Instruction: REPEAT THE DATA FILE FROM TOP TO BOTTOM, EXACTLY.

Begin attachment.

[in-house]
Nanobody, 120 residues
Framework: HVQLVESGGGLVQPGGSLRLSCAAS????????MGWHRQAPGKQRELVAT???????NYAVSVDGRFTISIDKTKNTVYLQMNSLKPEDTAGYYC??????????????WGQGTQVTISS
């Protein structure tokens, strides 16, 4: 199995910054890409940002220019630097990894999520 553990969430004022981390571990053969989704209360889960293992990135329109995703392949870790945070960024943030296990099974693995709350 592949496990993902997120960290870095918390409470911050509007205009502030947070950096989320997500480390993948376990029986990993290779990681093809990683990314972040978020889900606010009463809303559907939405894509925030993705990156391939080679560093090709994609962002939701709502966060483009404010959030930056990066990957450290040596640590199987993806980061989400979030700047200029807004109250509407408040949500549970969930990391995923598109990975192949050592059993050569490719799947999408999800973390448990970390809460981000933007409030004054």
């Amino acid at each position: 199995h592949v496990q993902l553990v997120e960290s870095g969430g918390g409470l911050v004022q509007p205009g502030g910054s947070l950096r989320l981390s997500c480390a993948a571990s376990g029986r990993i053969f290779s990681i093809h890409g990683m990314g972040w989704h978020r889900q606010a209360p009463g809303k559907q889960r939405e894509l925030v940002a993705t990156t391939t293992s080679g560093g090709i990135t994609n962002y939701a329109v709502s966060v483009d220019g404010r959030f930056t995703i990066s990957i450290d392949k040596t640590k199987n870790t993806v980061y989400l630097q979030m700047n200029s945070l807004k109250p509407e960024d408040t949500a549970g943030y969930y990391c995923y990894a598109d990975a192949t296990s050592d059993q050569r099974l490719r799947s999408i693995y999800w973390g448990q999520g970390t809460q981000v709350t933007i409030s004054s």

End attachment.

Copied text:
[in-house]
Nanobody, 120 residues
Framework: HVQLVESGGGLVQPGGSLRLSCAAS????????MGWHRQAPGKQRELVAT???????NYAVSVDGRFTISIDKTKNTVYLQMNSLKPEDTAGYYC??????????????WGQGTQVTISS
């Protein structure tokens, strides 16, 4: 199995910054890409940002220019630097990894999520 553990969430004022981390571990053969989704209360889960293992990135329109995703392949870790945070960024943030296990099974693995709350 592949496990993902997120960290870095918390409470911050509007205009502030947070950096989320997500480390993948376990029986990993290779990681093809990683990314972040978020889900606010009463809303559907939405894509925030993705990156391939080679560093090709994609962002939701709502966060483009404010959030930056990066990957450290040596640590199987993806980061989400979030700047200029807004109250509407408040949500549970969930990391995923598109990975192949050592059993050569490719799947999408999800973390448990970390809460981000933007409030004054």
């Amino acid at each position: 199995h592949v496990q993902l553990v997120e960290s870095g969430g918390g409470l911050v004022q509007p205009g502030g910054s947070l950096r989320l981390s997500c480390a993948a571990s376990g029986r990993i053969f290779s990681i093809h890409g990683m990314g972040w989704h978020r889900q606010a209360p009463g809303k559907q889960r939405e894509l925030v940002a993705t990156t391939t293992s080679g560093g090709i990135t994609n962002y939701a329109v709502s966060v483009d220019g404010r959030f930056t995703i990066s990957i450290d392949k040596t640590k199987n870790t993806v980061y989400l630097q979030m700047n200029s945070l807004k109250p509407e960024d408040t949500a549970g943030y969930y990391c995923y990894a598109d990975a192949t296990s050592d059993q050569r099974l490719r799947s999408i693995y999800w973390g448990q999520g970390t809460q981000v709350t933007i409030s004054s």